Two New York state men have lost their hunting privileges after an elaborate poaching scheme recently went belly-up thanks in part to social media. According to a Jan. 19 press release from the New York State Department of Environmental Conservation, Jayson Zorda of Oneonta and Kevin Butler of Afton were both involved in the scheme, which involved posing as female nature photographers online.
According to authorities, the poaching plan kicked off when Zorda created a fake Facebook profile where he posed as a female wildlife photographer. He used the profile to contact other photographers, seeking the locations of mature bucks in the town of Tonawanda, in western New York. Zorda and Butler used the information given by well-meaning photographers to track down the bucks—but not to photograph them. The pair hid compact bows in their backpacks and arrows in hollow walking sticks to fool other hikers. Their elaborate ruse was successful, authorities say, and they killed two large antlered deer in a no-hunting area of Tonawanda.
The pair were arrested after the Tonawanda Police Department received several calls in November about two suspicious-looking men walking in the woods in town. One caller, an avid hunter, described seeing one of the men crouching in the woods behind his house. He heard what he thought was the snap of a bow discharge and an arrow strike a large, 16-point buck, which ran into his yard after it was shot. The caller then saw a second man take pictures of the wounded deer.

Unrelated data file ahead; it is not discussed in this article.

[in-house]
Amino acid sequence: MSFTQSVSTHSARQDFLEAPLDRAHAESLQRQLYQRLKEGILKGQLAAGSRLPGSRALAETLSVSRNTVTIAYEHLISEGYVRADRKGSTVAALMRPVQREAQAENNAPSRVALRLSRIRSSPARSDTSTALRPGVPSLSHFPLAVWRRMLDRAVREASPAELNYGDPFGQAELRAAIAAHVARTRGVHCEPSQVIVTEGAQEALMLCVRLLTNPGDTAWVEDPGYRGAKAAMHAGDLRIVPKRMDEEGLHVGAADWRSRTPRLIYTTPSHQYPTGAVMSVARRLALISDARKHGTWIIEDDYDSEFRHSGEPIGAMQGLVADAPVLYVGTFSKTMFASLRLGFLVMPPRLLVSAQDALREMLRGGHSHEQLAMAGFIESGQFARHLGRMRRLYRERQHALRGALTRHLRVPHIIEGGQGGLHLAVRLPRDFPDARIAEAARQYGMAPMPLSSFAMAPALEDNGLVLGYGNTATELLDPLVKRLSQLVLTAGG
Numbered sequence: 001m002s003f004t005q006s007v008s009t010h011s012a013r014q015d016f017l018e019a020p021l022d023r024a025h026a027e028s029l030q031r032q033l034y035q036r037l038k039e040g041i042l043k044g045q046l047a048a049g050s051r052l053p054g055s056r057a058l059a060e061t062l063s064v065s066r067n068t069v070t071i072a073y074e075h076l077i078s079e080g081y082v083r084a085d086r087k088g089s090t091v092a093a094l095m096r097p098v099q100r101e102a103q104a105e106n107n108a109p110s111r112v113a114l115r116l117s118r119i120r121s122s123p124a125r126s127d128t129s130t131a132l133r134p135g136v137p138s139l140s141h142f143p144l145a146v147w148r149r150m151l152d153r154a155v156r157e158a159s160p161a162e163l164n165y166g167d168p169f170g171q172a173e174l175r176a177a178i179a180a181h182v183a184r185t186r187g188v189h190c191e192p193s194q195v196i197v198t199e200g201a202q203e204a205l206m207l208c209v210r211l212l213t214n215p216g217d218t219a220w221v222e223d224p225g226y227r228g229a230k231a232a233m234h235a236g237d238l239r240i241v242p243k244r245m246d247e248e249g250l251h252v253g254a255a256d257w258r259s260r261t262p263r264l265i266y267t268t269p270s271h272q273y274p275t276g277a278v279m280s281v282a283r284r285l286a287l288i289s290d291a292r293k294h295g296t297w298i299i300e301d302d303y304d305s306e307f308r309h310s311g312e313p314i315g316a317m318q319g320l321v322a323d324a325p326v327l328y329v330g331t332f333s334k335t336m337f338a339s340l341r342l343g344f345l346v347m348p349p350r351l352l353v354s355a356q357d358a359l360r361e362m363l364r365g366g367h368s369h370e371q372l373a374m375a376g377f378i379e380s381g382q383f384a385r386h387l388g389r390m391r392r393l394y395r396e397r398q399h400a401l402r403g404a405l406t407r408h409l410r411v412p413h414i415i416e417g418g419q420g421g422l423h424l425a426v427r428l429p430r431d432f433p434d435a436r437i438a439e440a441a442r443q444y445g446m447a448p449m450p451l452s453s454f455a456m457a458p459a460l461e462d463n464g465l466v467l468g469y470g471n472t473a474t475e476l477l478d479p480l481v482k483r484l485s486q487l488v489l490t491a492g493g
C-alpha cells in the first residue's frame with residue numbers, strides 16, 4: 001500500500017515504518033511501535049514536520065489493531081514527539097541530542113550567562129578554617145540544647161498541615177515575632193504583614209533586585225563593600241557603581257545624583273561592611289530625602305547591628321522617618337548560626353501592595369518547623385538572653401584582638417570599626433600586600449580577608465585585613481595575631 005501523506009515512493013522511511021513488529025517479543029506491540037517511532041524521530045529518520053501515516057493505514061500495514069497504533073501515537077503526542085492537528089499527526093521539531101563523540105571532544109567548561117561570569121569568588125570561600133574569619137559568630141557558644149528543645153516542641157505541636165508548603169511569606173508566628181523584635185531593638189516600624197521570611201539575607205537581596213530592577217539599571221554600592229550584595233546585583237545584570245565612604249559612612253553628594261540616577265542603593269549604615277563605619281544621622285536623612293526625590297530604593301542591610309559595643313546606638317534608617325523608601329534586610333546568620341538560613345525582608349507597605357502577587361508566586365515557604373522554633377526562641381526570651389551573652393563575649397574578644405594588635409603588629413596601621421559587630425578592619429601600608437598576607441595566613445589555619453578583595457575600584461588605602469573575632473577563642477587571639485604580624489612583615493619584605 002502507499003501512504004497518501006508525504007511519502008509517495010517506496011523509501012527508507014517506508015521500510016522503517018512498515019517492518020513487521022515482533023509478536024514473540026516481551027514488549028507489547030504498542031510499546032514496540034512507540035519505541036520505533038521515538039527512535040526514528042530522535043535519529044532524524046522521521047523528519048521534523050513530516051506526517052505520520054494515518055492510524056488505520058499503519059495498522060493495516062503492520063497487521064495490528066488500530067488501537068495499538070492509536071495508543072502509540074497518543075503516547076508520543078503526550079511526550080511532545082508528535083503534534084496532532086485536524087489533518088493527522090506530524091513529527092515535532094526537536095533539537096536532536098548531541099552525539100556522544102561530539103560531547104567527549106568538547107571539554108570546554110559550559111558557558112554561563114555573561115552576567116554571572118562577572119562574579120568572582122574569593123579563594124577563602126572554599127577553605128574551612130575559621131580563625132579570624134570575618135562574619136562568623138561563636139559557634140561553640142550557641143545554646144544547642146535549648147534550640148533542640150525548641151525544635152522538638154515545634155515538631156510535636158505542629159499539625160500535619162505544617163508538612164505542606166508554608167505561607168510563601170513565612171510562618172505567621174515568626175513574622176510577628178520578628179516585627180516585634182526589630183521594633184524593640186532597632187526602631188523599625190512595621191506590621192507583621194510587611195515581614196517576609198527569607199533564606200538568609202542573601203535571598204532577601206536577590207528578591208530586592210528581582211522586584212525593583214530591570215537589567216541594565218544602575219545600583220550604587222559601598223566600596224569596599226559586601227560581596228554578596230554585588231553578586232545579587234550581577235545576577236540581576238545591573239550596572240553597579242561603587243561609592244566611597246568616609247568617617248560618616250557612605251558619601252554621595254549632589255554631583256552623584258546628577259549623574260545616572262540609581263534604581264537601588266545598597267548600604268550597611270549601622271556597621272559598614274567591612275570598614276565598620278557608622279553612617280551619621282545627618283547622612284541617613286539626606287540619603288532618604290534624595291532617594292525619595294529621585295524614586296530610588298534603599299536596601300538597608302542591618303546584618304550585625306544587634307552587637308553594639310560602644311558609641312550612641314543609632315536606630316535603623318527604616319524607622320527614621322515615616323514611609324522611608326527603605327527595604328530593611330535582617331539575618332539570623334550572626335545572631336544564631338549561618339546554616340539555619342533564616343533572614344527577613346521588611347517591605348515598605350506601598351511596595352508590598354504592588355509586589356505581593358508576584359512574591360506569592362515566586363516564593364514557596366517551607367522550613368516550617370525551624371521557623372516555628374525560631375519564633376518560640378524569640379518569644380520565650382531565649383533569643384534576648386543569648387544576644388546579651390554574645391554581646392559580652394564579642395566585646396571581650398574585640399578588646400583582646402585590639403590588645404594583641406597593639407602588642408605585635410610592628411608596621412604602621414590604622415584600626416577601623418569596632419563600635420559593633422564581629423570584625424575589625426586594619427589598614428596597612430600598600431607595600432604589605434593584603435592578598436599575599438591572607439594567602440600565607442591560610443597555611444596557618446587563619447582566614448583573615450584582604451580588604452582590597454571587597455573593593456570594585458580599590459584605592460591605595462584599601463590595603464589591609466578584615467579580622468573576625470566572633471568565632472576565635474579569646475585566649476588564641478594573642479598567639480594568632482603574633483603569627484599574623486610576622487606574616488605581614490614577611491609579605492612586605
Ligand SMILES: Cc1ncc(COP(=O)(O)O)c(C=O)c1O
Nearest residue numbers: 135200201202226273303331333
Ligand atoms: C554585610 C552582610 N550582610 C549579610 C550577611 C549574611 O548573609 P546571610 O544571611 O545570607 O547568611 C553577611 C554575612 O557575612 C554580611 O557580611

Zorda and Butler ran before the police arrived, but luckily trail cameras caught photos of them, authorities said. The photos were posted online, and the suspects were subsequently identified.
Zorda and Butler denied involvement when questioned, but police said their cellphones betrayed them. Under a search warrant, officers reviewed both men's cellphone records, uncovering Zorda's fake Facebook profile, as well as a network of poachers using the same scheme: posing as wildlife photographers on social media to learn the locations of trophy animals, authorities said.
Zorda and Butler pleaded guilty Dec. 14 to misdemeanors for illegal taking of deer. They paid $1,075 in fines and surcharges, and their hunting licenses were revoked for five years. A Facebook post by the Department of Environmental Conservation has received hundreds of comments, with many discussing what they viewed as relatively light punishments for such an involved crime.
According to the press release, other persons from the larger poaching ring were implicated in the warrants, and charges are pending. If you know anything about the case or related poaching, please send us information at wosinfo [@] pch.com.
READ MORE: The Worst Poaching Cases of 2023
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